Admit it. In our instant gratification society, it’s very tempting to just Google the answer to a question rather than research it or let our curiosity grow.
So says British author Ian Leslie in his new book Curious: The Desire to Know And Why Your Future Depends On It. “Highly curious people are in greater demand than ever before in modern economies, and they’re pulling away from everyone else,” Leslie says.
At a recent lecture sponsored by the Royal Society for the Encouragement of Arts, Manufactures, and Commerce in London, Leslie discussed his book, as well as two types of curiosity: diversive and epistemic. Diversive curiosity is a hunger for new information, Leslie says. It’s impulsive– like scratching an itch–and takes you in new directions. The second type, epistemic curiosity, is a lifelong quest for knowledge, characterized by building one’s knowledge base and exploring questions.
Humans are born with an instinct to be curious, Leslie says. He cites a study that found children between the ages of three and five ask nearly 40,000 questions. Once children reach school age, their natural curiosity wanes, in part, he theorizes, because learning is hard work. Epistemic curiosity requires focus, persistence, and discipline, Leslie notes.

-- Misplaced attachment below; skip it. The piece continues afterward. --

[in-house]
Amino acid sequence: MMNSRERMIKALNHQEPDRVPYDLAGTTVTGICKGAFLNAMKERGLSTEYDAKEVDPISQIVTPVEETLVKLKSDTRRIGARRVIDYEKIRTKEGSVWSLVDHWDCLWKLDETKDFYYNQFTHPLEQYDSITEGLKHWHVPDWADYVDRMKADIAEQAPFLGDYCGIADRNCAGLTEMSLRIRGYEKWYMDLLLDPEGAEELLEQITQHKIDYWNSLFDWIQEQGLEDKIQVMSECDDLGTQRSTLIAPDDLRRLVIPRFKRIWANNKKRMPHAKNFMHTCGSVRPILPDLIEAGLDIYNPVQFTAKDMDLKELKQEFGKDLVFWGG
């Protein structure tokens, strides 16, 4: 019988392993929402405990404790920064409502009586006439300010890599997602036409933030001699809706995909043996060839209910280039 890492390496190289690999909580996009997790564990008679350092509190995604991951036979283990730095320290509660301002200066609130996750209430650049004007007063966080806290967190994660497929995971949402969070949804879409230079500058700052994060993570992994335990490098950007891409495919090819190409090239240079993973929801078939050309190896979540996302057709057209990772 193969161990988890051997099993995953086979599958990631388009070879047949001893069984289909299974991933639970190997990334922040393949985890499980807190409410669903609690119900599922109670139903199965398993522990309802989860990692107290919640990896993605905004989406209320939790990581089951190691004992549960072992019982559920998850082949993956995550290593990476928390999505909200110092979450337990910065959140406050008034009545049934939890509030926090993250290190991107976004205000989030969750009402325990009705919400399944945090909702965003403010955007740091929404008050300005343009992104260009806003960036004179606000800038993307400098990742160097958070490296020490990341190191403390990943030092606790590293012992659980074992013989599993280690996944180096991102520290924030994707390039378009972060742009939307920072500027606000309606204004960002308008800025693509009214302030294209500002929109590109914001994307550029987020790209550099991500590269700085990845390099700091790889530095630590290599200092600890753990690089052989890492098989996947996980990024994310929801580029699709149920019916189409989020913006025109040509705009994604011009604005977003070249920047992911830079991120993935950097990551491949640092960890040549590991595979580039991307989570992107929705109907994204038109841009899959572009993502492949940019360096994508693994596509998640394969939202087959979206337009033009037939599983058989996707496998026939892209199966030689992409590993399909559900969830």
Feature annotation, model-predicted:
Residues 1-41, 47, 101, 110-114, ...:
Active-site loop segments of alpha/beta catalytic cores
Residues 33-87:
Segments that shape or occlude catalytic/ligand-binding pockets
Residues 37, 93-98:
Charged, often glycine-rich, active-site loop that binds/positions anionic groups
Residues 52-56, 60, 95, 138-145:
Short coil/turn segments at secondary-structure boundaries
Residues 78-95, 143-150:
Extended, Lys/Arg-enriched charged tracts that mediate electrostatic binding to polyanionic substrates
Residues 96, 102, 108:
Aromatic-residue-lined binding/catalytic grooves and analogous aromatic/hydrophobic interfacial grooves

While the Internet and sites like Google have put information at our fingertips, it often makes us lazy, he says. “[It] doesn’t give curiosity time to incubate and grow.”
Jonathan Wai, a psychologist and research scientist at Duke University, recently reviewed Leslie’s book for Psychology Today. Here are his three takeaways for how to become more curious without consulting the Internet.
Leslie tells the story of John Lloyd, a successful British television producer who, after hitting a rough patch in his career, took time off work to take long walks and read books to satiate his curiosity. “[He read about] Socrates and ancient Athens,” Leslie writes. “He read about light and magnetism. He read about the Renaissance and the French impressionists. He had no method or plan, but simply followed his curiosity wherever it took him.”
Lloyd went on to produce the hit BBC comedic quiz show QI, where panelists earn points for being interesting, and he has branched out into recording podcasts and writing books.
A peek of Leonardo Da Vinci’s to-do list revealed 15 tasks; eight of which involved consulting with others, including: “Ask Maestro Antonio how mortars are positioned on bastions by day or night,” and “Find a Master of Hydraulics and get him to tell you how to repair a lock, canal, and mill in the Lombard manner.”
Wai notes that the list reveals the artist and inventor’s wide-ranging interests, as well as a deep interest in consulting with experts to learn something new.
Google is fine for finding an answer to your question, but it doesn’t provide the experience you’re likely to have while browsing a book store or the local library, where you serendipitously encounter information that, while not exactly on point, can lead to innovation, Wai notes.
“The more you know, the more you want to know,” Leslie says. By cultivating your knowledge base, you can make connections with the knowledge you have, he adds. “Curiosity is a muscle. Use it or lose it.”
Hat tip: Psychology Today